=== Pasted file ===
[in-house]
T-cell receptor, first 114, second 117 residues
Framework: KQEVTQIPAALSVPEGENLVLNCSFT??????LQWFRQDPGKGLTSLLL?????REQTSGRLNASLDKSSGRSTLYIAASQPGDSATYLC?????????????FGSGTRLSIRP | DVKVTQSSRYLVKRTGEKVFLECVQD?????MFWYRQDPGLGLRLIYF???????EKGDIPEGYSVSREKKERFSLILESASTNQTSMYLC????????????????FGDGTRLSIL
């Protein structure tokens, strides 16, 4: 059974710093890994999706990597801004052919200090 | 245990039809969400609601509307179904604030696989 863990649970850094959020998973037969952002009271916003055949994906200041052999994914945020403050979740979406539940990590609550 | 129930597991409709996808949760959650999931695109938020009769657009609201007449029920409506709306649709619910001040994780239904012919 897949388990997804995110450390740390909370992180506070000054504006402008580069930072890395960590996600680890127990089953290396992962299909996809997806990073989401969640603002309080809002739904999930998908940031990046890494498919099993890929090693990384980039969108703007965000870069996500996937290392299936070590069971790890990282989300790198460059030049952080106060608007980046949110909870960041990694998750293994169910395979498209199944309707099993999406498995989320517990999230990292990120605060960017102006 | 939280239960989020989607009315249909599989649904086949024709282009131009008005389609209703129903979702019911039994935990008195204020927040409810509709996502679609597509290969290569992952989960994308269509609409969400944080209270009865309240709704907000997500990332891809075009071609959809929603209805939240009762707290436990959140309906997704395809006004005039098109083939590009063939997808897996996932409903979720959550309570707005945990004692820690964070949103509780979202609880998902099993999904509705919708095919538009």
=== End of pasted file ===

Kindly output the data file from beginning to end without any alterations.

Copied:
[in-house]
T-cell receptor, first 114, second 117 residues
Framework: KQEVTQIPAALSVPEGENLVLNCSFT??????LQWFRQDPGKGLTSLLL?????REQTSGRLNASLDKSSGRSTLYIAASQPGDSATYLC?????????????FGSGTRLSIRP | DVKVTQSSRYLVKRTGEKVFLECVQD?????MFWYRQDPGLGLRLIYF???????EKGDIPEGYSVSREKKERFSLILESASTNQTSMYLC????????????????FGDGTRLSIL
């Protein structure tokens, strides 16, 4: 059974710093890994999706990597801004052919200090 | 245990039809969400609601509307179904604030696989 863990649970850094959020998973037969952002009271916003055949994906200041052999994914945020403050979740979406539940990590609550 | 129930597991409709996808949760959650999931695109938020009769657009609201007449029920409506709306649709619910001040994780239904012919 897949388990997804995110450390740390909370992180506070000054504006402008580069930072890395960590996600680890127990089953290396992962299909996809997806990073989401969640603002309080809002739904999930998908940031990046890494498919099993890929090693990384980039969108703007965000870069996500996937290392299936070590069971790890990282989300790198460059030049952080106060608007980046949110909870960041990694998750293994169910395979498209199944309707099993999406498995989320517990999230990292990120605060960017102006 | 939280239960989020989607009315249909599989649904086949024709282009131009008005389609209703129903979702019911039994935990008195204020927040409810509709996502679609597509290969290569992952989960994308269509609409969400944080209270009865309240709704907000997500990332891809075009071609959809929603209805939240009762707290436990959140309906997704395809006004005039098109083939590009063939997808897996996932409903979720959550309570707005945990004692820690964070949103509780979202609880998902099993999904509705919708095919538009």